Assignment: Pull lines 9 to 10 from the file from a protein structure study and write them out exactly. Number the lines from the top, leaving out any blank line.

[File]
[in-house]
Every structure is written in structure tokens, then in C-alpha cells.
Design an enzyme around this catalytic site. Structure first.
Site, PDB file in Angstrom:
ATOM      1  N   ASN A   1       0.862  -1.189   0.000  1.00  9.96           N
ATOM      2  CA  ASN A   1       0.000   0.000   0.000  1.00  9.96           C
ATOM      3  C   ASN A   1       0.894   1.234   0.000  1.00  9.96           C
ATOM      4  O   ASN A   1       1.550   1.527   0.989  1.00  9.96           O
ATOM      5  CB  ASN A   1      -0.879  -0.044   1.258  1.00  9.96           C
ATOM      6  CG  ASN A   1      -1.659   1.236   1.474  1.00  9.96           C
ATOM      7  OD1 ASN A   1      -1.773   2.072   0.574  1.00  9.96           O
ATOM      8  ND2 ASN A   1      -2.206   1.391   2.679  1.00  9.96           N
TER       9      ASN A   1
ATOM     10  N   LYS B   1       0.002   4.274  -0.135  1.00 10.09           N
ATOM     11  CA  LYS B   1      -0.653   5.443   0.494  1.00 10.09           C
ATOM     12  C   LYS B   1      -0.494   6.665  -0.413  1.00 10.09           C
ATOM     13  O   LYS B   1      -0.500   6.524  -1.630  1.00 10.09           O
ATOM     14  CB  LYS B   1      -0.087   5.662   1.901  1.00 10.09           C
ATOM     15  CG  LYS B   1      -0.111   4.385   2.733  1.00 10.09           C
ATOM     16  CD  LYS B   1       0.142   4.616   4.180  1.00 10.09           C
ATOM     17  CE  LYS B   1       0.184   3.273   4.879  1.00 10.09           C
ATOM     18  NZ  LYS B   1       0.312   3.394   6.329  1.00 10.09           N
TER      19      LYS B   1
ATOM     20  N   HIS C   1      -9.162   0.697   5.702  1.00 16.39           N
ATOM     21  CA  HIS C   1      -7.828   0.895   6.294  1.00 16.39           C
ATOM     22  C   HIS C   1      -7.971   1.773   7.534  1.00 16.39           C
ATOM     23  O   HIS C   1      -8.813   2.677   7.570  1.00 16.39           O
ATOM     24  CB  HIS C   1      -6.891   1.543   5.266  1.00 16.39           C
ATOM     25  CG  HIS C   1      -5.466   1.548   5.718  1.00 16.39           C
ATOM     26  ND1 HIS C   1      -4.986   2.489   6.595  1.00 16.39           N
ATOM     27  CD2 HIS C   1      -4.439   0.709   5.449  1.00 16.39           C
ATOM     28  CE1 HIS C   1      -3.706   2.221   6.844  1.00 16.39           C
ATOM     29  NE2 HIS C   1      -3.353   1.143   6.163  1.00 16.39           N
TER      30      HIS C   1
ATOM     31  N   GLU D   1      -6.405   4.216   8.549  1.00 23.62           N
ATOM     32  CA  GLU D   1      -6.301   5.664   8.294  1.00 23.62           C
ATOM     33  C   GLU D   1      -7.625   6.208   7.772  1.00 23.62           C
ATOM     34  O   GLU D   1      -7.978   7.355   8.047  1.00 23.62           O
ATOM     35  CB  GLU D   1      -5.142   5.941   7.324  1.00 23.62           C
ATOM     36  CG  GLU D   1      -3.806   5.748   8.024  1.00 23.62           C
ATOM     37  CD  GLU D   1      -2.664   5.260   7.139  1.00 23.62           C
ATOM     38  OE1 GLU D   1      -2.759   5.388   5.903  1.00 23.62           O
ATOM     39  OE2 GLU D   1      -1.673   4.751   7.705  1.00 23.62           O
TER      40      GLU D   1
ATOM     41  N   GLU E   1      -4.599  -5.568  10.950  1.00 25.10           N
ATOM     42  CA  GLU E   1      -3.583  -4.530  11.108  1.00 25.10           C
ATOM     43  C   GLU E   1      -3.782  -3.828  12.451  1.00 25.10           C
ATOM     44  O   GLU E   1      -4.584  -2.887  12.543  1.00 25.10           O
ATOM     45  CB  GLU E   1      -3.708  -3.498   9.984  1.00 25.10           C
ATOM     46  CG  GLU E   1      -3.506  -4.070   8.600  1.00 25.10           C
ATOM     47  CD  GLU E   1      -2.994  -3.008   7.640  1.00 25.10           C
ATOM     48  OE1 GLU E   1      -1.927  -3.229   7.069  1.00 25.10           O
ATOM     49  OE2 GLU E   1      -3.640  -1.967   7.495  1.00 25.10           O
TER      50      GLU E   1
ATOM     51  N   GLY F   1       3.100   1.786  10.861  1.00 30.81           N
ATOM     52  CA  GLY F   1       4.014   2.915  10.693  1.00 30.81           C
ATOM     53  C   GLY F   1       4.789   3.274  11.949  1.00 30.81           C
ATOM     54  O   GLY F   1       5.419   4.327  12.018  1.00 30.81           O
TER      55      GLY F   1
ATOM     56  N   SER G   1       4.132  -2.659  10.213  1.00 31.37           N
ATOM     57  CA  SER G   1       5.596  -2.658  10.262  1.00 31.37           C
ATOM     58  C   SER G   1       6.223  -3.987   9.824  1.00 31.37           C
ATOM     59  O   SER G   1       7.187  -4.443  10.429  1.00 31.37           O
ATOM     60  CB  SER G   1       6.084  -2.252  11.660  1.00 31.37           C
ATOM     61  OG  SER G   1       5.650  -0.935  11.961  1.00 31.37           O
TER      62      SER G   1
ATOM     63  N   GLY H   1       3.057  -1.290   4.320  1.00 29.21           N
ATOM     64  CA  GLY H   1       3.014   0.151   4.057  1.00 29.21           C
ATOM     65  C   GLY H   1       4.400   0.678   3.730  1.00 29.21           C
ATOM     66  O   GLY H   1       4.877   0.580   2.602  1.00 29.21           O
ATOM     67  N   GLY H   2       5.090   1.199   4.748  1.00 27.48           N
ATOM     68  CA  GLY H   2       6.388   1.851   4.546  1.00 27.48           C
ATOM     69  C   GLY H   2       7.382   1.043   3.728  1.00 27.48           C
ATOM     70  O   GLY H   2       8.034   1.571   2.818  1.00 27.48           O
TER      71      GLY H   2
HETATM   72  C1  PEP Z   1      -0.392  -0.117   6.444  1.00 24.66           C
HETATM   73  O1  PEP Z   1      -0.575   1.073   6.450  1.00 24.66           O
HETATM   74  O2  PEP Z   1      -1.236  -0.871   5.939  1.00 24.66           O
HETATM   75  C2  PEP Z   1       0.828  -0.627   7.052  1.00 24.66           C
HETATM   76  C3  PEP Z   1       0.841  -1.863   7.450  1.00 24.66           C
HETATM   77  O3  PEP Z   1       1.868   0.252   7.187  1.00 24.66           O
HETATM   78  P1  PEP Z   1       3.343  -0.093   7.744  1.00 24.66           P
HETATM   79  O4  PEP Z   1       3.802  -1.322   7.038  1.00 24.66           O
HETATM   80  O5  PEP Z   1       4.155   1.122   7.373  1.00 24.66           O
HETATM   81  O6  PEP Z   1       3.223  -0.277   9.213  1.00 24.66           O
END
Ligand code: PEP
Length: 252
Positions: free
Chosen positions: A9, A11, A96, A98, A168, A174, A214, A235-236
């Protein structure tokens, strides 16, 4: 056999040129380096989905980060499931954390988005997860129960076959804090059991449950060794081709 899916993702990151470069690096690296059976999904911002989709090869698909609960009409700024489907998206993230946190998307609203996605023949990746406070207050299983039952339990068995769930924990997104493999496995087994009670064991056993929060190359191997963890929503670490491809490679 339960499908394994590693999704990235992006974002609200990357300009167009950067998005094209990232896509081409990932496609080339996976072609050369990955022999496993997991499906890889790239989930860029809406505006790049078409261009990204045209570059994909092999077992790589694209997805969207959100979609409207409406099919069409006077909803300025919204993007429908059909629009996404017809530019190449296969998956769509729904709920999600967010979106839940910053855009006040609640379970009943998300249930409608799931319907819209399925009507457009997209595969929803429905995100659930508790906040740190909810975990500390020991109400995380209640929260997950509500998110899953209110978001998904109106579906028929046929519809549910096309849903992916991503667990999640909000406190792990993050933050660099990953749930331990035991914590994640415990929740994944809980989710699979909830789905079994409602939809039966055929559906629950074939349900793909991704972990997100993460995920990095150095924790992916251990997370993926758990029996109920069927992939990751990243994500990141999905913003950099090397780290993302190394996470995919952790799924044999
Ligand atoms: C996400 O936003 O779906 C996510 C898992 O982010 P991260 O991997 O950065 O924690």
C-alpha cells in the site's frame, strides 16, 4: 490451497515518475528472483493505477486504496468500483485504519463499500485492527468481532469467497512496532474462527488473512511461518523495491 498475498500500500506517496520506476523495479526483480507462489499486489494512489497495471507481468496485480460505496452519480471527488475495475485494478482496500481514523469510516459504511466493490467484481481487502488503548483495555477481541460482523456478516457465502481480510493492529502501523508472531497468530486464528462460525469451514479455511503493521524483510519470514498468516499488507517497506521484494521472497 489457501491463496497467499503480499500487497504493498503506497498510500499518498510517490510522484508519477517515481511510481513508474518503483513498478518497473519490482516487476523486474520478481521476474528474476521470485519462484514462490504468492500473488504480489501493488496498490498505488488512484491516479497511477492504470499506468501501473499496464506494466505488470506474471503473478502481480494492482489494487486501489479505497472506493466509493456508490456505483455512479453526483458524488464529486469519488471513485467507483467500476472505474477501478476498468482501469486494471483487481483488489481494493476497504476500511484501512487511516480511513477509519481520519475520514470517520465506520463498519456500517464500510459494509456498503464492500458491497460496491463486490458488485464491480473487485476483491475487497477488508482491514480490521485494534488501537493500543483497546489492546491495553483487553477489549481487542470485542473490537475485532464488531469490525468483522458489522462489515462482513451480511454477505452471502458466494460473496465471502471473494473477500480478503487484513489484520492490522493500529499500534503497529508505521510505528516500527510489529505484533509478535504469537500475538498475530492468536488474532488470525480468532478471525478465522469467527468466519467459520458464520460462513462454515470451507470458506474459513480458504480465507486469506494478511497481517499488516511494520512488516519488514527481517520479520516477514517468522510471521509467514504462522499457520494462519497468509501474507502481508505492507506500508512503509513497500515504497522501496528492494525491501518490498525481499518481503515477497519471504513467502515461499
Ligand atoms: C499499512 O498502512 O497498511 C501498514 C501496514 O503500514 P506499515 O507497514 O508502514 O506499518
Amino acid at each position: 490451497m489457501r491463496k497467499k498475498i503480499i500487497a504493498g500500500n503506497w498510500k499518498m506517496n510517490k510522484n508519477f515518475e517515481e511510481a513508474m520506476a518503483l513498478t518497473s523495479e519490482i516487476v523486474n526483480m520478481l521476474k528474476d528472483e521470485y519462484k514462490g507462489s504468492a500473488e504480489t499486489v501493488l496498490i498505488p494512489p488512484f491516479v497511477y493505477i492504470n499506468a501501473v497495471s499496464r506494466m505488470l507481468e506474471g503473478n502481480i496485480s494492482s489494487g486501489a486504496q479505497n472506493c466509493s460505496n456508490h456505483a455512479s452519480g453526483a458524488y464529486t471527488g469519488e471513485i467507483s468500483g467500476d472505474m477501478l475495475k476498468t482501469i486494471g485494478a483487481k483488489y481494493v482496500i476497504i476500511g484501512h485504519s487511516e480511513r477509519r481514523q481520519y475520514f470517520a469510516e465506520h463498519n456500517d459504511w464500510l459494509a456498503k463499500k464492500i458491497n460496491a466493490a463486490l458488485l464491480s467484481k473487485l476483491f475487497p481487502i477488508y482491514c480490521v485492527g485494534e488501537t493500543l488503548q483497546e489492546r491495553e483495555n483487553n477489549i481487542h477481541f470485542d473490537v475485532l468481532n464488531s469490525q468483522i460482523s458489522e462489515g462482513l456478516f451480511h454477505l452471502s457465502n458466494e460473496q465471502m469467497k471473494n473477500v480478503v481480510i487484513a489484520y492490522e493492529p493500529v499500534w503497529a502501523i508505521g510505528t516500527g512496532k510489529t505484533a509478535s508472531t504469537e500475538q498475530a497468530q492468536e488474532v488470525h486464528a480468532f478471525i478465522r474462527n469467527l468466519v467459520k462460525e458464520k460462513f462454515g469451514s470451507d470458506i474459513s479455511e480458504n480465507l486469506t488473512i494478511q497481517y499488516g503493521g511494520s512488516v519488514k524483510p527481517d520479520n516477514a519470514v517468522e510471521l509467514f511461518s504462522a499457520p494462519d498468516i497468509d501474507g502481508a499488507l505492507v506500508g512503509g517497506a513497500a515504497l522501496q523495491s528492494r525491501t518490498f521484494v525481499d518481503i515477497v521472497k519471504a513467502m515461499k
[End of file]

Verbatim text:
ATOM      5  CB  ASN A   1      -0.879  -0.044   1.258  1.00  9.96           C
ATOM      6  CG  ASN A   1      -1.659   1.236   1.474  1.00  9.96           C